(the first official use of the term by the US Army) .
The 1st and 2d Cavalry were constituted on 3 March 1855 not by an act expressly dealing with Army organization, but by an addition to an appropriations bill. The two regiments were organized in the same manner as existing horse regiments but, contrary to the Secretary's recommendation, General Orders prescribing their organization made them a distinct and separate arm. Thus, the mounted force consisted of dragoons, mounted riflemen, and cavalrymen."


"At the outbreak of the Civil War in 1861, the mounted forces in the Regular Army consisted of the five regiments mentioned, still bearing their different names- dragoons, riflemen, and cavalry- and still considered three distinct arms. Besides their different firearms and the number of privates per company, which varied from time to time, the regiments had uniforms that differed principally in the color of the trim, which in 1861 was orange for the dragoons, green for the riflemen, and yellow for the cavalry. The three arms also had distinctive insignia. The dragoons and cavalrymen wore crossed sabers and the riflemen "a trumpet perpendicular." In later years the trumpet perpendicular was incorporated in the coat of arms and distinctive insignia of the 3d Cavalry- now 3d Armored Cavalry- the descendant organization of the Regiment of Mounted Riflemen.***
Small as they were, the Regular mounted forces could have been of valuable service in the early days of the Civil War if they had been readily available, but they were not. When the war began the companies of the horse regiments were widely scattered over the country; most were in the west and southwest, too distant for ready concentration. In the Battle of Bull Run in July 1861 only seven companies of Regular cavalry were included in the Union Army of about 40,000 men...
In August 1861 all six Regular horse regiments were redesignated cavalry and renumbered as the 1st through the 6th in order, according to their respective dates of organization. All were to be armed with the saber, revolver, and carbine. Although these regiments had been known by different names, all were light cavalry. Their members were mounted on light horses, they were trained to fight mounted or dismounted, and they depended on their firearms rather than shock action with sabers. Nevertheless, the dragoons and riflemen objected to giving up their distinctive names. One captain wrote that with the renaming of the old regiments the units lost the honor attached to the old names, and the change had a demoralizing effect on the troops. The dragoons and riflemen also resisted the changes in their distinctive uniform trim; now all were expected to wear the yellow trimmings of the cavalry. Fortunately, from the dragoon and riflemen point of view, under an economy measure that permitted the use of the old uniforms until they were worn out, much orange and green trim was in evidence for a long time." pp. 14-16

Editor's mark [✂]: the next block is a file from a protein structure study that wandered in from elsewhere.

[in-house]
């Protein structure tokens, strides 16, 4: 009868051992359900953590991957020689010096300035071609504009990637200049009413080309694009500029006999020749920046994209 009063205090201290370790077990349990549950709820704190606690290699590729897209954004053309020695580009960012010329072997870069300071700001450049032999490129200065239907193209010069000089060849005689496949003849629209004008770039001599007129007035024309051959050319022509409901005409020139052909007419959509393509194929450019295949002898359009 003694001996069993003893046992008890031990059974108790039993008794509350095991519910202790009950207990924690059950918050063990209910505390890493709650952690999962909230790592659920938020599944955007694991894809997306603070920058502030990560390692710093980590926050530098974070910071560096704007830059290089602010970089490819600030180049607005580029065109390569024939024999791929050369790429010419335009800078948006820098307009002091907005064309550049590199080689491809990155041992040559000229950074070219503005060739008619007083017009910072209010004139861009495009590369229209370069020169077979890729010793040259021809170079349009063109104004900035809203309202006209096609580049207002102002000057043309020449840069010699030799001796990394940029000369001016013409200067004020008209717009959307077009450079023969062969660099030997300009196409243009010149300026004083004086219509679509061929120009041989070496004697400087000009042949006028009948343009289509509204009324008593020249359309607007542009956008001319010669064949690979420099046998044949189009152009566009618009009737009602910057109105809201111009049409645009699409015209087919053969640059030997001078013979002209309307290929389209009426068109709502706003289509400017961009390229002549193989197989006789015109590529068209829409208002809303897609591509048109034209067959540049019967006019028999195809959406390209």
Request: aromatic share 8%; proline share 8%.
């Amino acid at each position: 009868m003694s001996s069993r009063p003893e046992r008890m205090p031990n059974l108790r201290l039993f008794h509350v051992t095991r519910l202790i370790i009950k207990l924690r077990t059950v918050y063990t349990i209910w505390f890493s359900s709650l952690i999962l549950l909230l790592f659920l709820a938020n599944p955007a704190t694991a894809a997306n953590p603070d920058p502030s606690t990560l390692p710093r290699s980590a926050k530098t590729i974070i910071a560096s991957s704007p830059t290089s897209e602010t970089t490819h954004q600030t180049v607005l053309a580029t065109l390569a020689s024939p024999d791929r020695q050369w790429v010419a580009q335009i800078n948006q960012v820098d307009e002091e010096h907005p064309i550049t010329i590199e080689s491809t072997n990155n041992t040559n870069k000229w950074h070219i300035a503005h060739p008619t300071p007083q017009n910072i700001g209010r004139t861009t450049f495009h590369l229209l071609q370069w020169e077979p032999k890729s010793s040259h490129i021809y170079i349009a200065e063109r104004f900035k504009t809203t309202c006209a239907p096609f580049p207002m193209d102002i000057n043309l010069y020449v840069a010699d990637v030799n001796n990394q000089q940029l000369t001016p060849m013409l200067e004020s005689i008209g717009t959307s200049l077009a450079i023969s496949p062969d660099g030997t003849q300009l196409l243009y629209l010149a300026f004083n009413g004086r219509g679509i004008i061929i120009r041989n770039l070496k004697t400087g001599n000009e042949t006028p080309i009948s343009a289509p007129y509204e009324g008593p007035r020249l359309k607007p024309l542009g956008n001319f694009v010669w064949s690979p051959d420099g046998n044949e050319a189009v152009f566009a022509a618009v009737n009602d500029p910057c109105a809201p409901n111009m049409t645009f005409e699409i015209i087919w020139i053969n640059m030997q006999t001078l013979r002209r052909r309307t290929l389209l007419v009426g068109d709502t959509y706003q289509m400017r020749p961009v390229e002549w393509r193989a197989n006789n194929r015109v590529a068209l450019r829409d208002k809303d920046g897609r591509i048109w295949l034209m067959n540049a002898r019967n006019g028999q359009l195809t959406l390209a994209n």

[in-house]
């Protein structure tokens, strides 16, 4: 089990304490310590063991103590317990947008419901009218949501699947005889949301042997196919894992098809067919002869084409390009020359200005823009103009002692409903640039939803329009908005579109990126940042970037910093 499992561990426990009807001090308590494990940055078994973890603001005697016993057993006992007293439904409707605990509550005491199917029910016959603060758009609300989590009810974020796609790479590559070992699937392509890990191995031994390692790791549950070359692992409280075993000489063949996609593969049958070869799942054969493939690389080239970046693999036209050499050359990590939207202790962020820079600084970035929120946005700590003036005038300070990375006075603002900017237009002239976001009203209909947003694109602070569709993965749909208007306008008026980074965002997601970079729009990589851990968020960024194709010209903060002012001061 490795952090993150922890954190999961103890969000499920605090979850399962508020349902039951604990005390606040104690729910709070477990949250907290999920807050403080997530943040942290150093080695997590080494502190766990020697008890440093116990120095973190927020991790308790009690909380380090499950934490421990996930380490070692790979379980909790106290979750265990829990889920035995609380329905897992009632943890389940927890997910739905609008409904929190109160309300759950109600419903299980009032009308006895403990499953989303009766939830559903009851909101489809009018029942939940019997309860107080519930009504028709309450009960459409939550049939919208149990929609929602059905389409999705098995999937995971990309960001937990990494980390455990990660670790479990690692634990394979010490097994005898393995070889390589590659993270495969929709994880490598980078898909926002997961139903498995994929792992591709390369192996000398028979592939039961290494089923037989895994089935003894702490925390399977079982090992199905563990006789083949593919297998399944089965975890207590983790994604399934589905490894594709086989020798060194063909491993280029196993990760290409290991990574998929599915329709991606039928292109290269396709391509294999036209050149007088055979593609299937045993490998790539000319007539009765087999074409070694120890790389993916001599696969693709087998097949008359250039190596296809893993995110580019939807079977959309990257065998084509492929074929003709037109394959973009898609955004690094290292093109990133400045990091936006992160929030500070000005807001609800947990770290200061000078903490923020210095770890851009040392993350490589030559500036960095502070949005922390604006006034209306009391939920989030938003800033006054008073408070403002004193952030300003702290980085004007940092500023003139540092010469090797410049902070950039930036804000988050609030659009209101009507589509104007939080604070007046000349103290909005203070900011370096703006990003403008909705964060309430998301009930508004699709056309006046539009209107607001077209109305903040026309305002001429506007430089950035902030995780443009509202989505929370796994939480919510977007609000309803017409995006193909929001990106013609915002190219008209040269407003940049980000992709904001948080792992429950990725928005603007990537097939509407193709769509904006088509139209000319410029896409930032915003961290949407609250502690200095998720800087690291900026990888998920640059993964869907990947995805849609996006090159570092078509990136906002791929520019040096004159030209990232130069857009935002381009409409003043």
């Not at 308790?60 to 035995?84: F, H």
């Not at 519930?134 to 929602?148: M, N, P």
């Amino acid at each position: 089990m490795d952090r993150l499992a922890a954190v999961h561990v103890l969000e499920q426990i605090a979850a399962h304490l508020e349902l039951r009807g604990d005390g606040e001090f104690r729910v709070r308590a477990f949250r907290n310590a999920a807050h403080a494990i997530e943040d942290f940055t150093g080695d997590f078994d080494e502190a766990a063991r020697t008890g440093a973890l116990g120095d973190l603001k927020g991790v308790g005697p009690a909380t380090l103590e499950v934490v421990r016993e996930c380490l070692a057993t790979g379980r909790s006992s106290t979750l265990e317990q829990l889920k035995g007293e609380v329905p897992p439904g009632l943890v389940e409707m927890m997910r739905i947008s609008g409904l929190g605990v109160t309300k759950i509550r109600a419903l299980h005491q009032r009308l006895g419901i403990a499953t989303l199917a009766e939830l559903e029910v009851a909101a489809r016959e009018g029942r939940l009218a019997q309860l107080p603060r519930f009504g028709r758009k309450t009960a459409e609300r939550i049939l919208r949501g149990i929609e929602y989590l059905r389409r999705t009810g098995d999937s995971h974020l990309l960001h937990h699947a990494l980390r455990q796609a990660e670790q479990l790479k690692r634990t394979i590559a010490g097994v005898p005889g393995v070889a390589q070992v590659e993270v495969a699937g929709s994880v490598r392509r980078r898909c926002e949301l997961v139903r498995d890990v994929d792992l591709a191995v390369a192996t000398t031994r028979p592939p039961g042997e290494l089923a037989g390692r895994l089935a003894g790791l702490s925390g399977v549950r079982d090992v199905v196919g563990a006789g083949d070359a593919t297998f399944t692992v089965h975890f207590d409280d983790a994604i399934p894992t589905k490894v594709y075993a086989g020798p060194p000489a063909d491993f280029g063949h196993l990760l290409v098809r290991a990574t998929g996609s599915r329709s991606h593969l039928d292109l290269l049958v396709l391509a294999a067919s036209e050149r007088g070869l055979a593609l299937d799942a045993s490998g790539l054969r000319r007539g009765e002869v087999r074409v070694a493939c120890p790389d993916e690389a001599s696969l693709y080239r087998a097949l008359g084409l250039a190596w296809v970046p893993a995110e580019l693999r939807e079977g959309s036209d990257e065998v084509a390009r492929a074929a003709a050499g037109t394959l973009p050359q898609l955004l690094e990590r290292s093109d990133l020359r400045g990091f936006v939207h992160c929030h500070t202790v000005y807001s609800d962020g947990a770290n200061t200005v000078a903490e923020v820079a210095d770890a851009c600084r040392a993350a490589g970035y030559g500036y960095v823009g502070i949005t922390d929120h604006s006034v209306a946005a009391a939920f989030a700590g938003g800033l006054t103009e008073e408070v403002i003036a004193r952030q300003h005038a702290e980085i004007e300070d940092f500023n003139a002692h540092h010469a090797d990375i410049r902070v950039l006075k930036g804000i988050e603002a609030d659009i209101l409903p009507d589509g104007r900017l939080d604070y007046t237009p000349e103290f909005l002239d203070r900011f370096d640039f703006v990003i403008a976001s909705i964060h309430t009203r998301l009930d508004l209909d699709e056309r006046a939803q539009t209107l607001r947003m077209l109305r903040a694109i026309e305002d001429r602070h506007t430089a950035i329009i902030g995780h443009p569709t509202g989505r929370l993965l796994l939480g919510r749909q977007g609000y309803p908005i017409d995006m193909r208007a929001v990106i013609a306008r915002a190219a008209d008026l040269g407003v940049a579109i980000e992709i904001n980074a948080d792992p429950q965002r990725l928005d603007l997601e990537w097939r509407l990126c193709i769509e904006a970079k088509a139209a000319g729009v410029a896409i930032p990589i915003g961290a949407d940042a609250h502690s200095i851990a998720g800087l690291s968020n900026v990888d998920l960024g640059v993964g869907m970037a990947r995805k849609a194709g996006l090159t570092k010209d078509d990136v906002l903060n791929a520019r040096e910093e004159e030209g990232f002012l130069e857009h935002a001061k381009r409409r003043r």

The Military Laws of the United States by John Callan, 1863


With Manifest Destiny came the problem of confronting the "finest light cavalryman in the world" - the Indian horse warrior (although not the finest cavalry "unit" due to "social and political organization that exalted the individual at the expense of the group").

As Robert Utley
- the preeminent historian of the military in the west - in Frontiersmen in Blue explains: "The regulars came home from the Mexican War in high spirits, with soaring morale borne of solid achievement. Officers and men alike, they had consistently outshone the Volunteers in every test of military ability and had been largely responsible for the succession of triumphs...But a variety of influences soon smothered this spirit and turned the talented and ambitious to other pursuits. Able officers and men there were, but the mediocre and incompetent formed too large a proportion for the Regular Army to retain more than a shadow of its wartime energy and ability."(FiB,p. 28)

"Cherry picking" from Utley's prodigious writings over the next 30 plus years, the story of rangers and regulars, is a fascinating account of an organizational and doctrinal "roller coaster" typically American.

"A vast and inhospitable terrain demanded an army that could live off the country in the Indian manner or a logistical system so supremely developed as to permit operations not dependent on the resources of the country. A highly mobile enemy skilled in guerrilla tactics demanded either a highly mobile counterguerrilla force or a heavy defensive army large enough to erect an impenetrable shield around every settlement and travel route in the West. That the Army, for reasons not wholly or even largely within its control, never met these requirements explains its not too creditable record in the half century of Indian operations beginning in 1848." (Fibp.9)

Utley expands:
"The U.S. Army was unprepared for the Civil War as it was inadequate for the Indian Wars very largely because the nation, through its elected representatives, declined to pay the price of Manifest Destiny."
(FiB,p. 16)

Such a price would have been needed in forming the best fitted force for western service - dragoons, mounted riflemen and lastly, cavalry were never consistently financed, manned or supported (nor could they be with a Congress divided by societal, political and sectional differences shaped by its founding).
Utley, in comparing the alternatives of cavalry (expensive), mule-mounted infantry (inferior) and volunteer (including rangers), summarizes the latter as follows, "Volunteers were immensely appealing to frontier settlers and their congressional spokesmen. Such troops, although rather more expensive and given to undisciplined excesses, were frequently mustered - usually by a state or territorial governor over the protest of the local regular army commander...Volunteers, although noted for individuality and self-reliance, were lamentably deficient in discipline."(FiB,p. 21)